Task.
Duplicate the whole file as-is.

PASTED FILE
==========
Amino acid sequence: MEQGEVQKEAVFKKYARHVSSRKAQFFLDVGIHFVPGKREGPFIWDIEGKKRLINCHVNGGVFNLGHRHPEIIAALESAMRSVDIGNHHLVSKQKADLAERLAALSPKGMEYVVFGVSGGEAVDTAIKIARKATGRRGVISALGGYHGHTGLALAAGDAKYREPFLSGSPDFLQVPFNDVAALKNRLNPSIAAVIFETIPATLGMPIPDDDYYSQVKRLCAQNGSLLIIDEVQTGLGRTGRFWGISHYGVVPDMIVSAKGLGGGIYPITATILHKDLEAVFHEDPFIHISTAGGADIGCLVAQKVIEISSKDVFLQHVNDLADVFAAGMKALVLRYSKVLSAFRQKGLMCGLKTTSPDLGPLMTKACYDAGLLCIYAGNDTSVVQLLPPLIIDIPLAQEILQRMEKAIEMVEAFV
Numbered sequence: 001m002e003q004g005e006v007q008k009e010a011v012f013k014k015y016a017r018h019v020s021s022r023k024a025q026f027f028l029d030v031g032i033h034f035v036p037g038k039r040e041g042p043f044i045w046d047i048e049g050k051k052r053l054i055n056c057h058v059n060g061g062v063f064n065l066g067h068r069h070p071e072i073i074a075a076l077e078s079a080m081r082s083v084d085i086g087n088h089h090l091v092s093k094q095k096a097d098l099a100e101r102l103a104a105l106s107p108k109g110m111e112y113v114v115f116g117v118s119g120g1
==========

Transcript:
Amino acid sequence: MEQGEVQKEAVFKKYARHVSSRKAQFFLDVGIHFVPGKREGPFIWDIEGKKRLINCHVNGGVFNLGHRHPEIIAALESAMRSVDIGNHHLVSKQKADLAERLAALSPKGMEYVVFGVSGGEAVDTAIKIARKATGRRGVISALGGYHGHTGLALAAGDAKYREPFLSGSPDFLQVPFNDVAALKNRLNPSIAAVIFETIPATLGMPIPDDDYYSQVKRLCAQNGSLLIIDEVQTGLGRTGRFWGISHYGVVPDMIVSAKGLGGGIYPITATILHKDLEAVFHEDPFIHISTAGGADIGCLVAQKVIEISSKDVFLQHVNDLADVFAAGMKALVLRYSKVLSAFRQKGLMCGLKTTSPDLGPLMTKACYDAGLLCIYAGNDTSVVQLLPPLIIDIPLAQEILQRMEKAIEMVEAFV
Numbered sequence: 001m002e003q004g005e006v007q008k009e010a011v012f013k014k015y016a017r018h019v020s021s022r023k024a025q026f027f028l029d030v031g032i033h034f035v036p037g038k039r040e041g042p043f044i045w046d047i048e049g050k051k052r053l054i055n056c057h058v059n060g061g062v063f064n065l066g067h068r069h070p071e072i073i074a075a076l077e078s079a080m081r082s083v084d085i086g087n088h089h090l091v092s093k094q095k096a097d098l099a100e101r102l103a104a105l106s107p108k109g110m111e112y113v114v115f116g117v118s119g120g1